Linda Rivera’s E. coli O157 infection seems to have struck a nerve. Virtually every major news outlet, and many local ones, across the country has reported on her devastating illness. Foxnews.com reported this morning that "A 57-year-old woman clinging to life in a Las Vegas hospital serves as a warning as to how dangerous and potentially deadly foodborne illnesses can be." The LA Times yesterday recounted the following sobering statistics, of which Linda Rivera is now a part: "One in four Americans get food-borne illnesses each year," and continued that "lawmakers are scrambling to respond." And, in its raw expose on Ms. Rivera’s illness, the Washington Post’s byline reads "Severe case gives context to issue of food safety."
It is certainly no wonder why Linda’s illness has become a major topic of discussion in national newsrooms and editors’ offices. My only concern is that history will, again and again and again, repeat itself despite Linda’s awful circumstances. It’s not like lawmakers haven’t "scrambled" before, and its certainly not the case that we haven’t had context for the issue of food safety for years, even decades. After all, it’s been sixteen years since the infamous E. coli O157:H7 outbreak at Jack in the Box, in which Brianne Kiner, Bill Marler’s client, was horribly injured. And there are a number of other high-profile, devastating outbreaks–including spinach in 2006, and peanuts/peanut butter in 2007 and 2008, to mention just a few–that gave plenty of context to food safety, and should have had lawmakers not only "scrambling," but actually pushing through food safety legislation that has a real impact.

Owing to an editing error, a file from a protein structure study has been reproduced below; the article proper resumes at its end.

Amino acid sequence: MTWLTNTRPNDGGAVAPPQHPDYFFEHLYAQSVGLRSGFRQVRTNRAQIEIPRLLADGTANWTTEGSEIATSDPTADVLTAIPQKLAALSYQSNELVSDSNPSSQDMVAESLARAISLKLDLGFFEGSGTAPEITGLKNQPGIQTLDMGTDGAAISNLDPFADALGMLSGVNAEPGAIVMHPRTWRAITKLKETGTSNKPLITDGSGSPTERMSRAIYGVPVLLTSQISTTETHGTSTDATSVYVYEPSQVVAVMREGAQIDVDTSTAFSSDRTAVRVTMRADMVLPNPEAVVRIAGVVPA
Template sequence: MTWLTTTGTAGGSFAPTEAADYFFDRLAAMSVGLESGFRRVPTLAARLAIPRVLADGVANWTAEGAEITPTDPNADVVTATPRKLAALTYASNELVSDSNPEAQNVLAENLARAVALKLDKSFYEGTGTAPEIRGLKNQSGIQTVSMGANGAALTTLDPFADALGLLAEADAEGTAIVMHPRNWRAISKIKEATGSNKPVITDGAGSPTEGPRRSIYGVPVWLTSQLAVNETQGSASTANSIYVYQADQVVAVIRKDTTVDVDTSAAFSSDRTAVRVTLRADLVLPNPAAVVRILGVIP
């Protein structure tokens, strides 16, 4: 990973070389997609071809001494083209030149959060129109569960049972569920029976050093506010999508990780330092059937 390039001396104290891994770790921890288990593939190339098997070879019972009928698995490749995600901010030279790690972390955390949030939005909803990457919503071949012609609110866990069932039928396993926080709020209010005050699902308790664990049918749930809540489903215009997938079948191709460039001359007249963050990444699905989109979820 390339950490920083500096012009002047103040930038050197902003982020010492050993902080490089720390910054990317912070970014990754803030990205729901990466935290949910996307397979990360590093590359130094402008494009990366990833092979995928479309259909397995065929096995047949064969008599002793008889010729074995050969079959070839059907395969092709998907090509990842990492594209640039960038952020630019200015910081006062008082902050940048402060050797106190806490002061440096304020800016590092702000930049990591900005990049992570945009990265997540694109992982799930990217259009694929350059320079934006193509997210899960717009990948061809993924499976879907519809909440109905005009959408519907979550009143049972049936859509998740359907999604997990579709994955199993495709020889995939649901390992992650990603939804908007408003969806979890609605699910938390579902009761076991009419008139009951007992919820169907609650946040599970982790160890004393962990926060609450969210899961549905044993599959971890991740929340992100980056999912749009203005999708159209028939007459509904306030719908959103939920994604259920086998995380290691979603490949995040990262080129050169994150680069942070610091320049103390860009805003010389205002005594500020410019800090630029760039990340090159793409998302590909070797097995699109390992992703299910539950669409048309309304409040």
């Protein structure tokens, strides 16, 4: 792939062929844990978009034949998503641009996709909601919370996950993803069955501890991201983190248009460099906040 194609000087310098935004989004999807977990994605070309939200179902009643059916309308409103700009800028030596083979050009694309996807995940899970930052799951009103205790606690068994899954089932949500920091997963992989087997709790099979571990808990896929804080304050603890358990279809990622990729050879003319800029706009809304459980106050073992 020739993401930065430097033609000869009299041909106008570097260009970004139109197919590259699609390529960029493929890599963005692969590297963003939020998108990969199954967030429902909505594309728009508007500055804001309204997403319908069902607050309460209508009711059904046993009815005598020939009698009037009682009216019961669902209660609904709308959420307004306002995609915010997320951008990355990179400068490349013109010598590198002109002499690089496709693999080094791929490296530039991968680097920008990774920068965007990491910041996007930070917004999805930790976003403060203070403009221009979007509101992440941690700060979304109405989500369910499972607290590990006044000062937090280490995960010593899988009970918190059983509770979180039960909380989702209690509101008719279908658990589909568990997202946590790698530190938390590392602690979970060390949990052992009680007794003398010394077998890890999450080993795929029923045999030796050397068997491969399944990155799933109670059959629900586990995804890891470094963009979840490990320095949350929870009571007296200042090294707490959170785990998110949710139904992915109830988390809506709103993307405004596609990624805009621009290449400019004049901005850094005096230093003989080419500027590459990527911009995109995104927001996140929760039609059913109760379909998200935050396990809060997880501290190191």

Unfortunately, Linda Rivera’s story is not rare by any means. It is just heart-wrenchingly sad. But not rare. It feels like we have been saying this for years about other folks, some no longer living and many with futures irrevocably changed by the spectre of living with transplanted kidneys. Hopefully more good comes of the incredible suffering endured by the Nestle cookie dough victims than came of any past outbreaks.